“I don’t understand. You were still in Cairo when I left there. How are you here? Why are you here? How did you get away from Dio?”
“Breathe, sweetheart,” he said with a laugh, running his hands up and down your back the way he always had whenever he knew you were upset or stressed. “Stop and take a breath. I barely understood half of those questions with how fast they came out.”
How was he so calm after everything that had happened, acting as if nothing in the world was amiss? He’d been away from home for months before he’d sent word that he wanted you to take a leave of absence from school to come to Egypt and you still had no idea how much of that time he’d spent under Dio’s sway. It didn’t make sense for him to be so at ease after he’d been manipulated into telling Dio of your abilities, willingly allowing you to be coerced into being Dio’s puppet as if the threat to his own life didn’t matter to him. Not unless the flesh bud was still implanted, forcing him to do whatever the vampire expected of him. You couldn’t bring yourself to let him go, the scent of his cologne still unchanged even if his mind was not fully his own, but you did angle back enough to look up into his eyes, searching them for some reassuring sign that he was truly okay.
“I don’t understand,” you said again and you couldn’t help the way you flinched when your father leaned in to press a kiss to your forehead. “What’s going on?”
“You failed him, sweetheart.”
Your father settled his hand against your cheek, touch gentle and soothing like his smile ought to have been.
“And when you fail, you have to suffer the consequences.”
His fingertips pressed into your skin, painfully diving beneath it, and you choked out a scream when you felt the agonizing sensation of blood being pulled from your flesh. Your father’s smile stretched wider, revealing the pointed fangs in his mouth that had never been there before, and as he began to drain the life from your body, you realized that he felt cold.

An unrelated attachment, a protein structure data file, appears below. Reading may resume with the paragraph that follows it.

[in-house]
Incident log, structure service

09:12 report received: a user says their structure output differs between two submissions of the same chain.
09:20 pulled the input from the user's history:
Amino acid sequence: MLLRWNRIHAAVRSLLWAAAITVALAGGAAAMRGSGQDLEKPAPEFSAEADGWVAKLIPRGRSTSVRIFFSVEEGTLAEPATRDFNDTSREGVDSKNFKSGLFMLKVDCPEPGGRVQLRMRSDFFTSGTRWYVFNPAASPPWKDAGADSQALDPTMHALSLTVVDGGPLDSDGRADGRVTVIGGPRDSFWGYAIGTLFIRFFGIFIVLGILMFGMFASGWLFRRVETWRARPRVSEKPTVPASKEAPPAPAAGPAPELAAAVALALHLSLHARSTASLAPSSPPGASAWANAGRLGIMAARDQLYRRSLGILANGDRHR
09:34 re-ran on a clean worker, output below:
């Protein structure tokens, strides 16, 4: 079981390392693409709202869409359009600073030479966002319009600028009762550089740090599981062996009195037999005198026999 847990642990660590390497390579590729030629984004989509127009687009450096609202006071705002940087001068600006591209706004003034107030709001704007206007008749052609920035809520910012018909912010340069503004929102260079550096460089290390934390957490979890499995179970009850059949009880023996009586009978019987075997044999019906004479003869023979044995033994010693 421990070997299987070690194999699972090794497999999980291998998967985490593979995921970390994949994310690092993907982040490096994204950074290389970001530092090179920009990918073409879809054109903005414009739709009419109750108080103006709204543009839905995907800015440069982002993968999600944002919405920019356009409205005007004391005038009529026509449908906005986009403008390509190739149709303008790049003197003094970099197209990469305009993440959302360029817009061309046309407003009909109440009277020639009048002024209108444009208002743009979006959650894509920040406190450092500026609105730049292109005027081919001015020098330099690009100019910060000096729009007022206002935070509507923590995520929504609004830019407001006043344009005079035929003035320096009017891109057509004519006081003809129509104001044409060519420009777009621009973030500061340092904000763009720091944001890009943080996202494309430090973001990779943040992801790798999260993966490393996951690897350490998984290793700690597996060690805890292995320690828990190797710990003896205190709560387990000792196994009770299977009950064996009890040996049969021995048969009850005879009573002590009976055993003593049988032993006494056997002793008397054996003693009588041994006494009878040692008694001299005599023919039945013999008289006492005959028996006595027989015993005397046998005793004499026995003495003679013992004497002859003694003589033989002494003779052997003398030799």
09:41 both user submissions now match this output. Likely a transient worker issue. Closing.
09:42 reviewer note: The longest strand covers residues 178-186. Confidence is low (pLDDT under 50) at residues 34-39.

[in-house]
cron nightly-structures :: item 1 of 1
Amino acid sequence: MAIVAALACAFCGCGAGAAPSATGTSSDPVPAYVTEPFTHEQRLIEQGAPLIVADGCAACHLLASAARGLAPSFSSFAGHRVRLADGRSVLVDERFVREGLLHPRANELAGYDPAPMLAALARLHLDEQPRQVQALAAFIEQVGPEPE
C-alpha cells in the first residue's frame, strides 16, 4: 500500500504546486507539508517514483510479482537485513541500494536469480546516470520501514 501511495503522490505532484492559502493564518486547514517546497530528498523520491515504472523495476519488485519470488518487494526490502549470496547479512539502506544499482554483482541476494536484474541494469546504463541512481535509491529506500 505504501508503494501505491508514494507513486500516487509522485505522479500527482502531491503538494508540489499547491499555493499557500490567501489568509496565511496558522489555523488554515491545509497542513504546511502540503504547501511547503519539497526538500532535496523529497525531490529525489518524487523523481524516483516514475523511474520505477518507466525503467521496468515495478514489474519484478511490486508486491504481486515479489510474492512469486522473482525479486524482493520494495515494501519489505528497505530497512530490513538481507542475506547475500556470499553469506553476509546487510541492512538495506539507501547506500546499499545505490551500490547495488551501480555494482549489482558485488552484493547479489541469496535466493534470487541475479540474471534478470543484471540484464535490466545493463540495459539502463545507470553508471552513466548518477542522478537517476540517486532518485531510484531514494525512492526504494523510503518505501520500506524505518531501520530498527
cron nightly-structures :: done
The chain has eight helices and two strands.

“Be a good girl and accept your punishment!”
Your knees began to buckle, the very real danger you were in warring with your inability to hurt him, trying to push him away rather than use your Stand against him. If you wanted to survive, you knew you’d have to fight back, but even as he took your blood with an evident glee, uncaring of the fact that he was killing his own daughter, you couldn’t bring yourself to bring Free Falling out.
A hail of glittering gems rained down on the ground around the both of you, near enough that the danger of being struck was too real for your father to ignore. He yanked his fingers from your face with a growl, diving back and away from the attack with a speed he would never have possessed had he’d still been human. You felt the burn of the wounds gouged into your cheek, blood spurting from each one, and you stumbled back into a firm body, held up by a green-clad arm circling around your waist. Gasping, you leaned back into the stabilizing hold you found yourself in, not struggling as you were led back towards the men you had originally meant to harm.
“Are you all right?”
You glanced at Kakyoin with a nod, your Stand manifesting to close the wounds in your face in a matter of moments. It didn’t feel as if your father had managed to take too much blood, but the amount had been enough to leave you feeling a little woozy and you had to lean on the other teen for a little longer before you felt as if you could stand completely on your own.
“What the hell was that?” Polnareff asked, stepping up to stand at your opposite side, glaring at the creature settled in a crouch not far from the ground Kakyoin had damaged.
“I’ll tell you what it is! That bastard Dio turned her father into a vampire!”
It was the angriest you’d heard Joseph sound since you’d crossed paths with him, a sidelong glance revealing an expression brimming with utter fury, showing just how much rage he held inside him for the same monster you hated with all your heart. The shock of seeing your father and what he’d been turned into still held on to you, made wrestling with the horrible new reality you were facing an even greater struggle than trying to kill Polnareff had been. You knew that seeing was believing, what you’d witnessed and felt as your dad attacked you not something you could deny, but it was no less difficult to accept. Not until you realized that Dio had to have turned him well before you’d encountered the Joestar group and long before you had failed to carry out the task he’d put on your shoulders.
Dio had goaded you into becoming a murderer to keep the only family you had left safe and he’d lied about it, hadn’t kept his word in the slightest. He’d essentially killed your father even without waiting for confirmation of victory or failure on your part and as the thought settled, the blood your father hadn’t stolen felt like it turned to a fire within you.